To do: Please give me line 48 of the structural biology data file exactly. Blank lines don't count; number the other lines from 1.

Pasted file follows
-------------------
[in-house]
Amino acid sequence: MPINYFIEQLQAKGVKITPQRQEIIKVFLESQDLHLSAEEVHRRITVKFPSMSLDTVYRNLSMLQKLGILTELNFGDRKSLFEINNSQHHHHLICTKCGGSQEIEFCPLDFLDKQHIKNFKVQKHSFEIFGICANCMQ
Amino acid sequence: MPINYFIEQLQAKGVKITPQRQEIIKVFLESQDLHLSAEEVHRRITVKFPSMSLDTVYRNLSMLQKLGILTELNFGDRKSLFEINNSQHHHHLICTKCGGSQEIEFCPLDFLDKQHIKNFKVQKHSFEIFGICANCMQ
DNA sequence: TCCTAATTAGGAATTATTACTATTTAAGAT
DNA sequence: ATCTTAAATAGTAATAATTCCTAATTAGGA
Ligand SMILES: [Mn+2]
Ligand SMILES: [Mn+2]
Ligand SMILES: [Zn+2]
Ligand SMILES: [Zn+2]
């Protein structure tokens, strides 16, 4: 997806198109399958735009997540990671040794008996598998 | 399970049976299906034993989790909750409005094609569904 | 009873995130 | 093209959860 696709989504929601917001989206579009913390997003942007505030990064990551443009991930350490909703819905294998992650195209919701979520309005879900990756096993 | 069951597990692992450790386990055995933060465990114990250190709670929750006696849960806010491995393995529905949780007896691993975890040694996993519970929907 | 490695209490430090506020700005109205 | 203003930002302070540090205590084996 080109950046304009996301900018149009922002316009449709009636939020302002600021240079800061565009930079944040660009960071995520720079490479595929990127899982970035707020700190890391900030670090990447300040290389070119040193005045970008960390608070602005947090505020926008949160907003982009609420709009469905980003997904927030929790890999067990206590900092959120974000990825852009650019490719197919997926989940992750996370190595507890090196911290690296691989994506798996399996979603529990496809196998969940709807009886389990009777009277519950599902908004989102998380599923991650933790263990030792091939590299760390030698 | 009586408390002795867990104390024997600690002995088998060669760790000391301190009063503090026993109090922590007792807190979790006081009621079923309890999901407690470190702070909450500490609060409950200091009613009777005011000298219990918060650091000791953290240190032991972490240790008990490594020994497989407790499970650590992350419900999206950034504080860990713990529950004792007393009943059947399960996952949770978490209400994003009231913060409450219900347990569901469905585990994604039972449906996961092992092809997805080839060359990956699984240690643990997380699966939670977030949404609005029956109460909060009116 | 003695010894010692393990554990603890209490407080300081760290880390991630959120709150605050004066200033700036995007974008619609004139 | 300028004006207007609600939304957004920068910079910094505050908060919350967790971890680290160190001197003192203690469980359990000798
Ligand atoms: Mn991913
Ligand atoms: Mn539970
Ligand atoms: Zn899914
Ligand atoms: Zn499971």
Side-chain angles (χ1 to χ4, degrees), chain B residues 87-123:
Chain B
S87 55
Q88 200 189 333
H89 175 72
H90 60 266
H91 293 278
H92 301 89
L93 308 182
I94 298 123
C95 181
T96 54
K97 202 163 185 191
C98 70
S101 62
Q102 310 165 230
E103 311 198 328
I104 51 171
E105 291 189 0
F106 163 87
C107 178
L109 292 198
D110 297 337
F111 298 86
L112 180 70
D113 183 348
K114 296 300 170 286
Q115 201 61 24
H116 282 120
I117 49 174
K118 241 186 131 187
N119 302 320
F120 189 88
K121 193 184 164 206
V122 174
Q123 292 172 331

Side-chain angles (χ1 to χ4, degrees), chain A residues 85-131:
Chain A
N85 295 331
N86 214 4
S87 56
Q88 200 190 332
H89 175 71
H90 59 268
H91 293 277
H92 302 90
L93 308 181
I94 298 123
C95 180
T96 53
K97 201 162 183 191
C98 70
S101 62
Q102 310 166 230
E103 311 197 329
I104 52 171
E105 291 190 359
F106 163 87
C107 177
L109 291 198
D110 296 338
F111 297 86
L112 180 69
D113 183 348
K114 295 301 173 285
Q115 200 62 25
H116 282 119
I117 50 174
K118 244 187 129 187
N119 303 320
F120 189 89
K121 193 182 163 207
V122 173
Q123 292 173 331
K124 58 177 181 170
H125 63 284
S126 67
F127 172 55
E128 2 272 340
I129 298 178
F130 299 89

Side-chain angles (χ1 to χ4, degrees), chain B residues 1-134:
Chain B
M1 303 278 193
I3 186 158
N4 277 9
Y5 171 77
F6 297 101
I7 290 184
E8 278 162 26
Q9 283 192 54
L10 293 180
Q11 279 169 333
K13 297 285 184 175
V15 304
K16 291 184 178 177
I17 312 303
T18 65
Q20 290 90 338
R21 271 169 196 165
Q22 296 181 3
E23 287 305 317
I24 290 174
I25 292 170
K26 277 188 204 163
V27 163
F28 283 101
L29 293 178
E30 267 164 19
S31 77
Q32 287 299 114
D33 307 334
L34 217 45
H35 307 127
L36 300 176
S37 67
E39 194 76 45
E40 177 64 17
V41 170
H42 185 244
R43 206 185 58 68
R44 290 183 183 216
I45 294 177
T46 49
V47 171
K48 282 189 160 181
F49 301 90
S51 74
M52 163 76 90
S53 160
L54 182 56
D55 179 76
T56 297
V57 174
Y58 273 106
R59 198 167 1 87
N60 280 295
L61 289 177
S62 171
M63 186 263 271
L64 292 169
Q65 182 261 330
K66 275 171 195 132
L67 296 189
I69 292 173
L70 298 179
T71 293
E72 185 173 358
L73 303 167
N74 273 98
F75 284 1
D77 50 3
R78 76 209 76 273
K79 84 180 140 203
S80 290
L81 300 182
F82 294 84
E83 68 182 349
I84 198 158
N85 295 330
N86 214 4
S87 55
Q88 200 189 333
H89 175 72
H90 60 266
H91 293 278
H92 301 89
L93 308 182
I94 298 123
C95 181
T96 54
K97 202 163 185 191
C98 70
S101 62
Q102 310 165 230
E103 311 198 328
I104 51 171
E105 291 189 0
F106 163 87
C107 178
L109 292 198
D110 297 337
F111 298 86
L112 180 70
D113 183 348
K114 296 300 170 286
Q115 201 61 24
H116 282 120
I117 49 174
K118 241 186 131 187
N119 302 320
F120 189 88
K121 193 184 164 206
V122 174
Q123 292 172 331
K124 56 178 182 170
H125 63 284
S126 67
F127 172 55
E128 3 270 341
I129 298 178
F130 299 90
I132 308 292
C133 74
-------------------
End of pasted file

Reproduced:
K121 193 184 164 206